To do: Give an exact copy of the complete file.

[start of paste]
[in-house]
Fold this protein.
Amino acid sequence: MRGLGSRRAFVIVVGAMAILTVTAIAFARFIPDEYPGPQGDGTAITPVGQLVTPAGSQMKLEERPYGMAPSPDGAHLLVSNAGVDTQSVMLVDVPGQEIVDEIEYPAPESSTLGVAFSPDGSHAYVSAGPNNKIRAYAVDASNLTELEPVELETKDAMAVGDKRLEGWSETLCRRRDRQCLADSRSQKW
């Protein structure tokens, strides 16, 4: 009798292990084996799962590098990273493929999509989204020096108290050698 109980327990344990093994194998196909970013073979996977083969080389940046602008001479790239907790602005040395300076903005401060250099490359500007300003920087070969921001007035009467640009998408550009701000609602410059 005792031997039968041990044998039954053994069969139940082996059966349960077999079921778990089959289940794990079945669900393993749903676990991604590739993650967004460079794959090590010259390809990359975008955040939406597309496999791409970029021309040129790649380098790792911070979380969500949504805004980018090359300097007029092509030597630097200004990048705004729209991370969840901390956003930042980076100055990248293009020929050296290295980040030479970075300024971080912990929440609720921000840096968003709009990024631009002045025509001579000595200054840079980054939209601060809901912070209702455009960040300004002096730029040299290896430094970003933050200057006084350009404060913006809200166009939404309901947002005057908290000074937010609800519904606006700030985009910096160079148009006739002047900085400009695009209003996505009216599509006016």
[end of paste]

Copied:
[in-house]
Fold this protein.
Amino acid sequence: MRGLGSRRAFVIVVGAMAILTVTAIAFARFIPDEYPGPQGDGTAITPVGQLVTPAGSQMKLEERPYGMAPSPDGAHLLVSNAGVDTQSVMLVDVPGQEIVDEIEYPAPESSTLGVAFSPDGSHAYVSAGPNNKIRAYAVDASNLTELEPVELETKDAMAVGDKRLEGWSETLCRRRDRQCLADSRSQKW
């Protein structure tokens, strides 16, 4: 009798292990084996799962590098990273493929999509989204020096108290050698 109980327990344990093994194998196909970013073979996977083969080389940046602008001479790239907790602005040395300076903005401060250099490359500007300003920087070969921001007035009467640009998408550009701000609602410059 005792031997039968041990044998039954053994069969139940082996059966349960077999079921778990089959289940794990079945669900393993749903676990991604590739993650967004460079794959090590010259390809990359975008955040939406597309496999791409970029021309040129790649380098790792911070979380969500949504805004980018090359300097007029092509030597630097200004990048705004729209991370969840901390956003930042980076100055990248293009020929050296290295980040030479970075300024971080912990929440609720921000840096968003709009990024631009002045025509001579000595200054840079980054939209601060809901912070209702455009960040300004002096730029040299290896430094970003933050200057006084350009404060913006809200166009939404309901947002005057908290000074937010609800519904606006700030985009910096160079148009006739002047900085400009695009209003996505009216599509006016």